Annealing is primarily a stress-relieving process that enhances the material’s ductility and machinability. This contrasts with age hardening, which aims to make a material stronger and harder.

Although the initial stages of both processes are similar, the subsequent steps differ. In both processes, the furnace raises the alloy’s temperature to around its recrystallization temperature. However, in precipitation hardening, the hot, solid solution undergoes rapid cooling (quenching). On the other hand, in annealing, the heated alloy is allowed to cool down at a much slower, controlled rate in a less severe cooling medium, such as still air.

Precipitation Hardening vs Quenching

Quenching has been previously mentioned in this discussion as a sub-process in the precipitation hardening procedure.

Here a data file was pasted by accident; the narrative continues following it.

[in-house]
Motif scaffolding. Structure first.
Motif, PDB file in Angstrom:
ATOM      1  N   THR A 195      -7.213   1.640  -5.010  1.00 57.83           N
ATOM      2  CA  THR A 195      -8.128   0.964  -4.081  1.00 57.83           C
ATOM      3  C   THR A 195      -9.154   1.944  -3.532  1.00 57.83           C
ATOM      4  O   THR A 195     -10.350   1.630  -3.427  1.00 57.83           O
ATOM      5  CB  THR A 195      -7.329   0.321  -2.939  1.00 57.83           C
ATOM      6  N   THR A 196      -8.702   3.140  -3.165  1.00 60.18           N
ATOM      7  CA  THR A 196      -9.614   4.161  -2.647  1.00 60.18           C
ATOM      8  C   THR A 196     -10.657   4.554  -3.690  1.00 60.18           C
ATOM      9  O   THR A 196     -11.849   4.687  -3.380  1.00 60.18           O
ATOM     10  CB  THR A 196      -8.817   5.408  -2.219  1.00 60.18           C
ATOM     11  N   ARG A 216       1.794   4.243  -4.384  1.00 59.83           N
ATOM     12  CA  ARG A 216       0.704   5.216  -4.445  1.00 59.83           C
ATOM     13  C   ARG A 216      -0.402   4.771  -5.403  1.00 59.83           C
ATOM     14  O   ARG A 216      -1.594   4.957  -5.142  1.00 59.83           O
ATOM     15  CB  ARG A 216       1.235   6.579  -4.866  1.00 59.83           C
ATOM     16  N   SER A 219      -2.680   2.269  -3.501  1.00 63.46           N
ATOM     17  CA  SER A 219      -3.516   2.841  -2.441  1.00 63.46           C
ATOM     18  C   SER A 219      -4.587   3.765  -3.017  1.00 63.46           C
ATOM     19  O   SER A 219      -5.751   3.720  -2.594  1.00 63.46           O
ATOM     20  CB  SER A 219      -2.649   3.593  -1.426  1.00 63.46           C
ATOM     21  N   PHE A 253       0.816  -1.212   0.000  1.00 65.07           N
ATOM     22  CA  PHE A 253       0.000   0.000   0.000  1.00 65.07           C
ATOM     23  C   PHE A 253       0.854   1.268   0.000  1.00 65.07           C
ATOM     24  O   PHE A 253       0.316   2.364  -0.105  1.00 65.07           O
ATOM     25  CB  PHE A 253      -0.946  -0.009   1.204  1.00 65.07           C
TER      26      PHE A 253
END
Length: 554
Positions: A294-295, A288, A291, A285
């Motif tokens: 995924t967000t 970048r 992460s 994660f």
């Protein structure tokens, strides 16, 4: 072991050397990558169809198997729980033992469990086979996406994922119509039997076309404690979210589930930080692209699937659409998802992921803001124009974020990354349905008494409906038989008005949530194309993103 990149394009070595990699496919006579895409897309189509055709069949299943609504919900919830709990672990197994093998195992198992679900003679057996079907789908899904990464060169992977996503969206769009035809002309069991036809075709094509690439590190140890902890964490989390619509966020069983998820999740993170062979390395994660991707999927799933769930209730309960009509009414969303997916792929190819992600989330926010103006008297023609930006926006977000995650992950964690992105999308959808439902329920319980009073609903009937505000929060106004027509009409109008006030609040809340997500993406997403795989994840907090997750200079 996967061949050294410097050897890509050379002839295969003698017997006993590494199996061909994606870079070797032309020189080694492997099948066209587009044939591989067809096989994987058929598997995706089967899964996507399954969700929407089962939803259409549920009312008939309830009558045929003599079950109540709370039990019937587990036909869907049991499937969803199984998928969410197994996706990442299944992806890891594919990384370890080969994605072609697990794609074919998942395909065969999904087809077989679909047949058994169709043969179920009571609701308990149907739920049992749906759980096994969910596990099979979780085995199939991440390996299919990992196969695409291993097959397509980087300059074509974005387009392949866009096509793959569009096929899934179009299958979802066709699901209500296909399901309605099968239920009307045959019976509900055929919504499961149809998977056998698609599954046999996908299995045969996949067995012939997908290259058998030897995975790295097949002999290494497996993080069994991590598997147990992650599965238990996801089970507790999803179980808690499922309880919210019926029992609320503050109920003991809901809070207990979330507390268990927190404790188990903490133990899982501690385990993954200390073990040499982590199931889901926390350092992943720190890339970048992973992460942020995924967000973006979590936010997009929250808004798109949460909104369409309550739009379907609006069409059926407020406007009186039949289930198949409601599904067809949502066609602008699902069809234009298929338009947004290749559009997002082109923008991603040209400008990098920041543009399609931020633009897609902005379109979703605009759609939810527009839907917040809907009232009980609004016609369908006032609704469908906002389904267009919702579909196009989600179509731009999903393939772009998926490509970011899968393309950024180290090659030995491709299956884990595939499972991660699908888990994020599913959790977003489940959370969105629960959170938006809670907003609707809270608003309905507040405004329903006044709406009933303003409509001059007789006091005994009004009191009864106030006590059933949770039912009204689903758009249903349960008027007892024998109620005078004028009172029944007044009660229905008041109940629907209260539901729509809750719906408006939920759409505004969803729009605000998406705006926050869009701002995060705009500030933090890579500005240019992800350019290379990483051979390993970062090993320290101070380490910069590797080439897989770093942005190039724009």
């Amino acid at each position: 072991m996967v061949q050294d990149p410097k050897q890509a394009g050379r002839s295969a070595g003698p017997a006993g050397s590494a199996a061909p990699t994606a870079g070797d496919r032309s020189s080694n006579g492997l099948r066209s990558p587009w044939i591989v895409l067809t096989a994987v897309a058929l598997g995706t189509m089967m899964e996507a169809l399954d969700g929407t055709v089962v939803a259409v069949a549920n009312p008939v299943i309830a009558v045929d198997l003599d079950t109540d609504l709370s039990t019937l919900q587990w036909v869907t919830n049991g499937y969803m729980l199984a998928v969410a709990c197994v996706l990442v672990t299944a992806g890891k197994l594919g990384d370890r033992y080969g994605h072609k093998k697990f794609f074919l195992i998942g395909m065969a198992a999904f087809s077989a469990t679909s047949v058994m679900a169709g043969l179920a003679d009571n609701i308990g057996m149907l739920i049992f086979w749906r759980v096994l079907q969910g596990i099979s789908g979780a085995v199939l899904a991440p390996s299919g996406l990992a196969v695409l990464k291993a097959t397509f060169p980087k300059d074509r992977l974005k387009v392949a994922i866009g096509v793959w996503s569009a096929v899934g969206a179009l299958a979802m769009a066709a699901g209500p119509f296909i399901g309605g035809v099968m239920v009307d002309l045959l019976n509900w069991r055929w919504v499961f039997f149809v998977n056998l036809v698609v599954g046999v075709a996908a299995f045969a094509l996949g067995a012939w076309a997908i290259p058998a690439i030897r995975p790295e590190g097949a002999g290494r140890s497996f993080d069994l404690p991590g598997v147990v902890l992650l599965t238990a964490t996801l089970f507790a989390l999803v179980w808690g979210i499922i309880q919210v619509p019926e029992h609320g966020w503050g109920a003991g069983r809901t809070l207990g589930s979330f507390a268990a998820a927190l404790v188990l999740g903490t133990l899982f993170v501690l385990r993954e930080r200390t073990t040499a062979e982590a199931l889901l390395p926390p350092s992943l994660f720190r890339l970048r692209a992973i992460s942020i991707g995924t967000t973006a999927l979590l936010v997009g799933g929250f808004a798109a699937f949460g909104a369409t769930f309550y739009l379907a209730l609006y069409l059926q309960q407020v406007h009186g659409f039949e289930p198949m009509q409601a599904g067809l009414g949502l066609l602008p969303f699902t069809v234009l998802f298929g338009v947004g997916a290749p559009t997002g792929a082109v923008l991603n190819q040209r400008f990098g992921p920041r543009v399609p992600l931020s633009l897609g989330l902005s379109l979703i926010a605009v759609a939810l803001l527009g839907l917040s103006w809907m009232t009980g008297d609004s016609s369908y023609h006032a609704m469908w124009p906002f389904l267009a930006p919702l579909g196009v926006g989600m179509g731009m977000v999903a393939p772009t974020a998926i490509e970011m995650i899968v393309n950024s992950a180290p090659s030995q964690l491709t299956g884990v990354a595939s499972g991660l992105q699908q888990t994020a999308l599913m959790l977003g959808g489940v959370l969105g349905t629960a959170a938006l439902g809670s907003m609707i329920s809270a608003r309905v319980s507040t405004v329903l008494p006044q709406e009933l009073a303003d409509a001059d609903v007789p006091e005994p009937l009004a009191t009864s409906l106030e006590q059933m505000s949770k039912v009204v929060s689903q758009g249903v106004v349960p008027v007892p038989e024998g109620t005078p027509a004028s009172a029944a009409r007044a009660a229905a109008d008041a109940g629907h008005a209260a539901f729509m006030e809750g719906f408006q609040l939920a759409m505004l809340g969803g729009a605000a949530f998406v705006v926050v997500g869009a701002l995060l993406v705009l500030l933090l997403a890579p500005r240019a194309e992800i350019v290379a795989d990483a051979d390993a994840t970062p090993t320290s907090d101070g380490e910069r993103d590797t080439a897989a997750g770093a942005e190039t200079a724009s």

During the process of quenching, the material is heated to a very high temperature and then rapidly cooled to room temperature, causing its microstructure to freeze in its current state. This process induces hardness and brittleness in the material. 

It fundamentally differs from precipitation hardening, which involves heating the material, quenching it, and then reheating it to form hardening precipitates. Therefore, precipitation hardening has more steps than a simple quenching process.


Precipitation hardening is undeniably one of the most valuable heat treatment processes in manufacturing, significantly improving strength, hardness, and dimensional stability.